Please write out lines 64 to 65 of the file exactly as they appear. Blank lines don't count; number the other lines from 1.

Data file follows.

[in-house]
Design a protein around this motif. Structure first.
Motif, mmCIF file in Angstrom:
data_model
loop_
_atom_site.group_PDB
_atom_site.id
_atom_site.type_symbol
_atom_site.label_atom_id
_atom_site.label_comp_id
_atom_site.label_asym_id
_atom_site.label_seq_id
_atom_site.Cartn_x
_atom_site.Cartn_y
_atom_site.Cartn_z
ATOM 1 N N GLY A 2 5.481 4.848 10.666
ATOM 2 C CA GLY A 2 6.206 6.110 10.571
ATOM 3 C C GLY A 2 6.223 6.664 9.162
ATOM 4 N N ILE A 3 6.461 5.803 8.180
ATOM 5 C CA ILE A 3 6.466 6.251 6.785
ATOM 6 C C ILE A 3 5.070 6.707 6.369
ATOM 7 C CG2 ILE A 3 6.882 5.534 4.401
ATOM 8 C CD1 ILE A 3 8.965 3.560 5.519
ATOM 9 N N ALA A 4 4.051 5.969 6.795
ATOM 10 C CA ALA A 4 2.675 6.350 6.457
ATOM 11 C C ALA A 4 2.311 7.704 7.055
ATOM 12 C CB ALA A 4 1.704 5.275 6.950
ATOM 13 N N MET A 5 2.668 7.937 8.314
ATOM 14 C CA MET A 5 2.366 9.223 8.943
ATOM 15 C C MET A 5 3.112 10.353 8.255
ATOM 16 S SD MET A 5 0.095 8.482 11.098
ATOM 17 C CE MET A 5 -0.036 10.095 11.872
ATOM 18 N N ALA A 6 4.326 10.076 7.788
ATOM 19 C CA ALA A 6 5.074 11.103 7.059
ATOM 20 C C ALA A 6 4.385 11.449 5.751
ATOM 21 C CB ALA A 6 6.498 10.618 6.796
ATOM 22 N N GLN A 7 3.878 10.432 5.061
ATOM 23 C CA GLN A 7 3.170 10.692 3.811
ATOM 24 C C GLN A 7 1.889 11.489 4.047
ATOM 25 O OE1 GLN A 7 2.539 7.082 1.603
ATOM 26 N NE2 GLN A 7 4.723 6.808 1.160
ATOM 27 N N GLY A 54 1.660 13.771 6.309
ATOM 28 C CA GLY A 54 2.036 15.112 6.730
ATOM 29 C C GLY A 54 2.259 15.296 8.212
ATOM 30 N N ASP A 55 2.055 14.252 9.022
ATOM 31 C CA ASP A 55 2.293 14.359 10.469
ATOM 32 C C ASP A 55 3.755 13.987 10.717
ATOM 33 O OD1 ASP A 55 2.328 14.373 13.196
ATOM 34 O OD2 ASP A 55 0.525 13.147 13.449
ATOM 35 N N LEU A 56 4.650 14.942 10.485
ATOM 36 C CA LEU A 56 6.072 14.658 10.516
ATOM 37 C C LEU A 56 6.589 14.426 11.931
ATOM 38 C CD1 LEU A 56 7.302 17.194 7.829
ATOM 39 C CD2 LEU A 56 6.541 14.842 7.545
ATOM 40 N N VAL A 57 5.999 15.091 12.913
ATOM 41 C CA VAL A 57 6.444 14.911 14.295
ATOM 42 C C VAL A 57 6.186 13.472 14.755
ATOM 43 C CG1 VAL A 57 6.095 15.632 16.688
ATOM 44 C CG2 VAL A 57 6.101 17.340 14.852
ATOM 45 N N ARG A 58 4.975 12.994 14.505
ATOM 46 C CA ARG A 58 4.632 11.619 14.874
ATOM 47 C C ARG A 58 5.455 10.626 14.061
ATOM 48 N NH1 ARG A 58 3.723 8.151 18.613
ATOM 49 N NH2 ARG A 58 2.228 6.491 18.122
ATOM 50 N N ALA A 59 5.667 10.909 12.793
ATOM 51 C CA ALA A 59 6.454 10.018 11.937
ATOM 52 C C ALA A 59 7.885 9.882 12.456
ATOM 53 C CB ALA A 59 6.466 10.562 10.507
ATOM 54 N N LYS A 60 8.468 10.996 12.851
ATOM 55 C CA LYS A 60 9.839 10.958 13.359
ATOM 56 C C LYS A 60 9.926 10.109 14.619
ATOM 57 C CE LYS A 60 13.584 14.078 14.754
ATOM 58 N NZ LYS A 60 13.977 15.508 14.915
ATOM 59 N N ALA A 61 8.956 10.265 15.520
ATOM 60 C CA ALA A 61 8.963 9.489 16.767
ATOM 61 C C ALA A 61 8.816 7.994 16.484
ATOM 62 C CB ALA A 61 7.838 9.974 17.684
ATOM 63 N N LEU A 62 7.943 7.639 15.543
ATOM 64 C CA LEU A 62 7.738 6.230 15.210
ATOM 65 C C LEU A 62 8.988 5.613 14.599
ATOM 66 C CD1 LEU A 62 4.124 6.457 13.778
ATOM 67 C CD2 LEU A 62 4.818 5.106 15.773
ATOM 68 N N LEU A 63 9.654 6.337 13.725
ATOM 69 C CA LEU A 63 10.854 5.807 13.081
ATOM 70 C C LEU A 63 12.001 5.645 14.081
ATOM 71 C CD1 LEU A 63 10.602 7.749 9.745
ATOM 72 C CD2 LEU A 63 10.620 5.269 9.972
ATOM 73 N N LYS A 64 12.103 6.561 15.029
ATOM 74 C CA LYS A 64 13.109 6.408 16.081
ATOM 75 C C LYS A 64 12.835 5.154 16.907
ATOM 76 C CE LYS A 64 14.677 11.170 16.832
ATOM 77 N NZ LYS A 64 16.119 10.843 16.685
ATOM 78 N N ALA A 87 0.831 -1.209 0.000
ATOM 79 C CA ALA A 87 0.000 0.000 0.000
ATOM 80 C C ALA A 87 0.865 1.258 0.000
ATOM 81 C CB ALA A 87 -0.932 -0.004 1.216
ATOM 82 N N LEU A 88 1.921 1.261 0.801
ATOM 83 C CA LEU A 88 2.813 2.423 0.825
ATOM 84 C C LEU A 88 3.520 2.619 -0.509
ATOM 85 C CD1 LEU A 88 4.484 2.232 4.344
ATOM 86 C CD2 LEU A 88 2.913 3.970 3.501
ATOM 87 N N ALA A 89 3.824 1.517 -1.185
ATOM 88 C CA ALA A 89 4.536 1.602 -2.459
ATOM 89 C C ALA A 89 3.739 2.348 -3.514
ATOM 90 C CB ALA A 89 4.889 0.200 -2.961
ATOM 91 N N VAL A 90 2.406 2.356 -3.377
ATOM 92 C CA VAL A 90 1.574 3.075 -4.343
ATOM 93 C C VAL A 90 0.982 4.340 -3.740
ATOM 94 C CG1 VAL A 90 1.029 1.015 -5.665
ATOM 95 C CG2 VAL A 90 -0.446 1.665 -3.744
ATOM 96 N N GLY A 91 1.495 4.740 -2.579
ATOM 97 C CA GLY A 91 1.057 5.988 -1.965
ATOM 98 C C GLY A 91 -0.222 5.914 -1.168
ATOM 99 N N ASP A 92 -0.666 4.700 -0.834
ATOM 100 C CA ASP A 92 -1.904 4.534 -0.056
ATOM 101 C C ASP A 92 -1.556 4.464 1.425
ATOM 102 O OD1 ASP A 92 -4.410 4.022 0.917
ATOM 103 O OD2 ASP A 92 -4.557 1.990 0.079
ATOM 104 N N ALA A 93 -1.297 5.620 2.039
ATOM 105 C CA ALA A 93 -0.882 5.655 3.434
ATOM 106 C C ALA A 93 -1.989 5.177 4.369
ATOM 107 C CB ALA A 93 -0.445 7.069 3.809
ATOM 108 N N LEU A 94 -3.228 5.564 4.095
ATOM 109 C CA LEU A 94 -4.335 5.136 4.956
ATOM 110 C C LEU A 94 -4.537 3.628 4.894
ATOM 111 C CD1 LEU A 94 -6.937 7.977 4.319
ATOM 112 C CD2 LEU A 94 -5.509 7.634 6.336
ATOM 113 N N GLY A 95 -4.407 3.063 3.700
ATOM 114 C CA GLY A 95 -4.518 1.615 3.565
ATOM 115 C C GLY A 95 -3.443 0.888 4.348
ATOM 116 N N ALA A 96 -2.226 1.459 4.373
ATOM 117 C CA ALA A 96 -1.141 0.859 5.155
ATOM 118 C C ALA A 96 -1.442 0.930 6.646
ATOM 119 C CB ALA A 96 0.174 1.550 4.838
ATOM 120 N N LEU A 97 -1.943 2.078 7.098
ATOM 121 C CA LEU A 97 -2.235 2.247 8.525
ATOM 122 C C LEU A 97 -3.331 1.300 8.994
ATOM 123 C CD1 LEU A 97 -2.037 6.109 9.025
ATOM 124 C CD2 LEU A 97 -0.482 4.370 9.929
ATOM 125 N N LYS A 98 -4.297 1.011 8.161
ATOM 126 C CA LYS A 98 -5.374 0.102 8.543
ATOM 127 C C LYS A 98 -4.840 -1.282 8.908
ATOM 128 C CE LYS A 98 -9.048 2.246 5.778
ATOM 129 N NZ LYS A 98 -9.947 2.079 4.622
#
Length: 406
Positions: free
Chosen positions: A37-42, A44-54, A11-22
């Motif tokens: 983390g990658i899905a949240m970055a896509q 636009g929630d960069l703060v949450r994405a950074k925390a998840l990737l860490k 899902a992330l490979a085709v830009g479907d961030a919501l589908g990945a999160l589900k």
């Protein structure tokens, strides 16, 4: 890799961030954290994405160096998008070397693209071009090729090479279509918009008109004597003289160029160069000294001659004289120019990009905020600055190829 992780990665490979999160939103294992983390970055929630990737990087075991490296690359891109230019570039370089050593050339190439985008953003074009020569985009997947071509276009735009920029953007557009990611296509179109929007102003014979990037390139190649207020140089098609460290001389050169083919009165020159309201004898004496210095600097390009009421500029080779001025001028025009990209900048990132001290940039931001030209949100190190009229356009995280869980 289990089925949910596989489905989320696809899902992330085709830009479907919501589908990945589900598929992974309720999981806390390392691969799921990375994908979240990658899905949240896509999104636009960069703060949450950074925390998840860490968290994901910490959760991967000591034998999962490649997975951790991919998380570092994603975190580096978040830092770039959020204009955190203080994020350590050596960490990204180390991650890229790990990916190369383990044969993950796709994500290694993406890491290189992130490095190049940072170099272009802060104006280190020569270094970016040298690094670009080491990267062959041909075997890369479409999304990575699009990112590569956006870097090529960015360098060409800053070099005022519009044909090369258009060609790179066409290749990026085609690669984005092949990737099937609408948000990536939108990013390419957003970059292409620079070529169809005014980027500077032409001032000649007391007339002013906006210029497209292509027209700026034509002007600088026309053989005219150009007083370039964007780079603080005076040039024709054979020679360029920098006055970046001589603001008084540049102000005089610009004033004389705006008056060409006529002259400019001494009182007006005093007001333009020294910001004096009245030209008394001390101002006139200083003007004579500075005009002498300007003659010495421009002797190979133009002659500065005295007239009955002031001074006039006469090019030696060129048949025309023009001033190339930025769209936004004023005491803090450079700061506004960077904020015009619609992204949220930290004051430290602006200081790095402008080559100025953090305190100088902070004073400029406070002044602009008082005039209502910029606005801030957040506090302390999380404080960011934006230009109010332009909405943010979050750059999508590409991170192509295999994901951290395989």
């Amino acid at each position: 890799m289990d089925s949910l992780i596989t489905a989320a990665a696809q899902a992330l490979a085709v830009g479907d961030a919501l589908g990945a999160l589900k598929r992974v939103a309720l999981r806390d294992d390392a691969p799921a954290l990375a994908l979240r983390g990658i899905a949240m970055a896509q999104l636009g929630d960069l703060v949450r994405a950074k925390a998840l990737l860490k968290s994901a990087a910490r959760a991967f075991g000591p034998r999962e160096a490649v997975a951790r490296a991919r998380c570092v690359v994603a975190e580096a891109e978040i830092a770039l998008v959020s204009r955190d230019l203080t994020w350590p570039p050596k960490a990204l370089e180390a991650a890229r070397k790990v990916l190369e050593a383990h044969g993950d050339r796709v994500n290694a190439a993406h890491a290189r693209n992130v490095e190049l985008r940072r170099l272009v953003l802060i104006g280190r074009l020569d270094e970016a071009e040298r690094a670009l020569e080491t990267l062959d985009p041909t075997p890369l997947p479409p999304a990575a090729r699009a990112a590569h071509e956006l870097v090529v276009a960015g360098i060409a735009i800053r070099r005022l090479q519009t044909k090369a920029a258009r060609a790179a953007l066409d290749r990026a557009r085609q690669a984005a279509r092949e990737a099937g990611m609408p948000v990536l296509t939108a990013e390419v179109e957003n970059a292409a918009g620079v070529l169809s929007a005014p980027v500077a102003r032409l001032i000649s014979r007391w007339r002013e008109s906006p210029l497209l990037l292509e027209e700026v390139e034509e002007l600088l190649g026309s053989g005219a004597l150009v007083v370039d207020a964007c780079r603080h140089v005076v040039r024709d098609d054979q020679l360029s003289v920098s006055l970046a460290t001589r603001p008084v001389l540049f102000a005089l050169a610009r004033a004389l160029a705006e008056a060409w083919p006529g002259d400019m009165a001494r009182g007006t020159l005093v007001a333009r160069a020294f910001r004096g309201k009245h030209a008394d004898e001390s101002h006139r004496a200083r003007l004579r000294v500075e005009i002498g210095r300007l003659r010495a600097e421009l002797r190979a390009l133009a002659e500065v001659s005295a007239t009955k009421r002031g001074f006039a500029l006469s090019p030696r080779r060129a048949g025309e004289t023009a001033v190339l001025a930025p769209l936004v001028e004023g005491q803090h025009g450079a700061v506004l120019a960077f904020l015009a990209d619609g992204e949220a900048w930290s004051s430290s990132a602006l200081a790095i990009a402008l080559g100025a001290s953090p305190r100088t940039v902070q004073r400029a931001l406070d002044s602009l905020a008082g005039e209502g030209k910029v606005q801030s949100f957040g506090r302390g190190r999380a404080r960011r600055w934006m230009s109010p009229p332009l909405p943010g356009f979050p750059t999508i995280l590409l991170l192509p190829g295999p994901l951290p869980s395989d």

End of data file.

ATOM 49 N NH2 ARG A 58 2.228 6.491 18.122
ATOM 50 N N ALA A 59 5.667 10.909 12.793